Persistent Herbicide Update

by James McSweeney

Many of you are aware that Green Mountain Compost (GMC), formerly Intervale Compost, has ceased sales and recalled compost from retail outlets due to the presence of two persistent herbicides in some of this spring’s product. The composting community is extremely concerned by the contaminations at GMC and is actively rooting out all potential sources of contamination, with support from the VT Agency of Agriculture and the Agency of Natural Resources, as well as a nationwide support network.

Highfields has had no reports of garden injury from use of our compost and we've seen flourishing results in our own staff's gardens, including in the crops that are most susceptible to the Dow Chemical herbicides present at GMC, Picloram and Chlopyralid. We feel extremely confident in the qualities and benefits of using our product.  We have taken an extremely conservative approach to our incoming materials for the last 10 years, including not accepting grass clippings (one of the primary materials implicated in herbicide contamination at other composting facilities) and floral products.  We will continue to be vigilant in the sourcing and handling of materials received at our facility for composting.

 In addition, we are taking the following safeguards:

  • Plant bioassays using both standard compost and vermi-compost – these are plant tests utilizing sensitive broad-leafed crops that are good indicators of herbicide contamination.
  • Outreach and education to our manure generators to mitigate contamination at it's possible sources – we are working with the farms that supply us with manures to trace their hay and bedding straw back to their source of origin to confirm that these products are free of persistent herbicides.  We are grateful for the partnership of these farms in this effort.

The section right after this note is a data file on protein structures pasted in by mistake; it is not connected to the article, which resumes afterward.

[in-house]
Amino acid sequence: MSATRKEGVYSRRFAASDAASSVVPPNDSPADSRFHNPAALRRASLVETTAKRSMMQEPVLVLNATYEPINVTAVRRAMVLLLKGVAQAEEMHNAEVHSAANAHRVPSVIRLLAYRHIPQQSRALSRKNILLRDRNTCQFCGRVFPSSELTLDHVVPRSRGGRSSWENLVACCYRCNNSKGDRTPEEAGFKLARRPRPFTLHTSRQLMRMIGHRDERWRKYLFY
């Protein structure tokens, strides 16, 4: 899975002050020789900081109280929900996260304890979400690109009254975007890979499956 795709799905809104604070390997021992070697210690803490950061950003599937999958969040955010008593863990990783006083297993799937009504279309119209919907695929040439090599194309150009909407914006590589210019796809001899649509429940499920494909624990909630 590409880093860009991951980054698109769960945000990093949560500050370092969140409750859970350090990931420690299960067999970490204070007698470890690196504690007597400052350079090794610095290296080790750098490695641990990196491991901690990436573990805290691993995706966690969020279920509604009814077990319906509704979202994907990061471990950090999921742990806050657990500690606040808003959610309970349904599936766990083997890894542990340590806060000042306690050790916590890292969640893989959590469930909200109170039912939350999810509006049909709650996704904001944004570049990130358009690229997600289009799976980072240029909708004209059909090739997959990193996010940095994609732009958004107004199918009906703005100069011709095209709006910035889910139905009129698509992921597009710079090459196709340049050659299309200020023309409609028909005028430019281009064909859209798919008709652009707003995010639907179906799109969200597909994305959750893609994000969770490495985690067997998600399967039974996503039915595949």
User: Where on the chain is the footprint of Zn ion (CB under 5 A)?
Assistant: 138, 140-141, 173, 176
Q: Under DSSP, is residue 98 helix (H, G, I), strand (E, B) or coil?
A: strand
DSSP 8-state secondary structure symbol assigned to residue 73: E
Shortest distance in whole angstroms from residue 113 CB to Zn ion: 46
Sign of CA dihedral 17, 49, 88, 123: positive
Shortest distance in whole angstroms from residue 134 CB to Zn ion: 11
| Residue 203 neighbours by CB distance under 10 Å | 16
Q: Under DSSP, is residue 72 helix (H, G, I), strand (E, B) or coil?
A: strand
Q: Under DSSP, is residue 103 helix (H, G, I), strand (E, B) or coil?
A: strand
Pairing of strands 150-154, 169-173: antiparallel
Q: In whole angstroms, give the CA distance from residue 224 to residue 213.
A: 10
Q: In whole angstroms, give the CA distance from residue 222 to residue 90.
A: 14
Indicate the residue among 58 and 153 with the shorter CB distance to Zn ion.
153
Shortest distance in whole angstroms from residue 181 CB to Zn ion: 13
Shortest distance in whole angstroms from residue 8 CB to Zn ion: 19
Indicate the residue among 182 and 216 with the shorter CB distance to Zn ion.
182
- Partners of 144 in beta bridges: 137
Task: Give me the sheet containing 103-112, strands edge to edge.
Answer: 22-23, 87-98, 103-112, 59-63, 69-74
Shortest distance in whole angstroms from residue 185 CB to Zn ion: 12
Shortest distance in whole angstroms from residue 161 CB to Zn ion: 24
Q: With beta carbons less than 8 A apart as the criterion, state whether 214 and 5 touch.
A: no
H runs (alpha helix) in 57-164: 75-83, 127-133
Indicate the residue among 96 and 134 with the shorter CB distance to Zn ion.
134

• Chemical analysis for the presence of these two herbicides in our compost and incoming feedstocks
  • When toxic contaminants show up in products that are otherwise the basis of modern sustainable agricultural systems such as composts, something is broken upstream which needs immediate attention.  Compost is not the problem, our collective tolerance for toxic materials in the food system is.  Compost is only an indicator of broader problems and the herbicides showing up are a mere fraction of the total herbicides now persisting in the environment and farm soils.
  • We believe that in order to build a food system worthy of our grandchildren and great-grandchildren, we must stop poisoning and landfilling their inheritance. 

We are urging regulators to implement long-term solutions, because whether it is in compost or in the soil or groundwater, toxics deteriorate resources that are vital to our local economy and very way of life. Our hearts go out to GMC and to all those who lost their gardens, and we look forward to a time when no composter, farmer, or gardener in Vermont will have to worry about these issues.

Thank you for your support of our facility, organization, and campaign to build a more sustainable, toxics-free food system from the ground up.

NOTE: If you are a composter who takes horse manure, we recommend you perform the following plant bioassays developed at Washington State University: WSU Persistent Herbicide Bioassay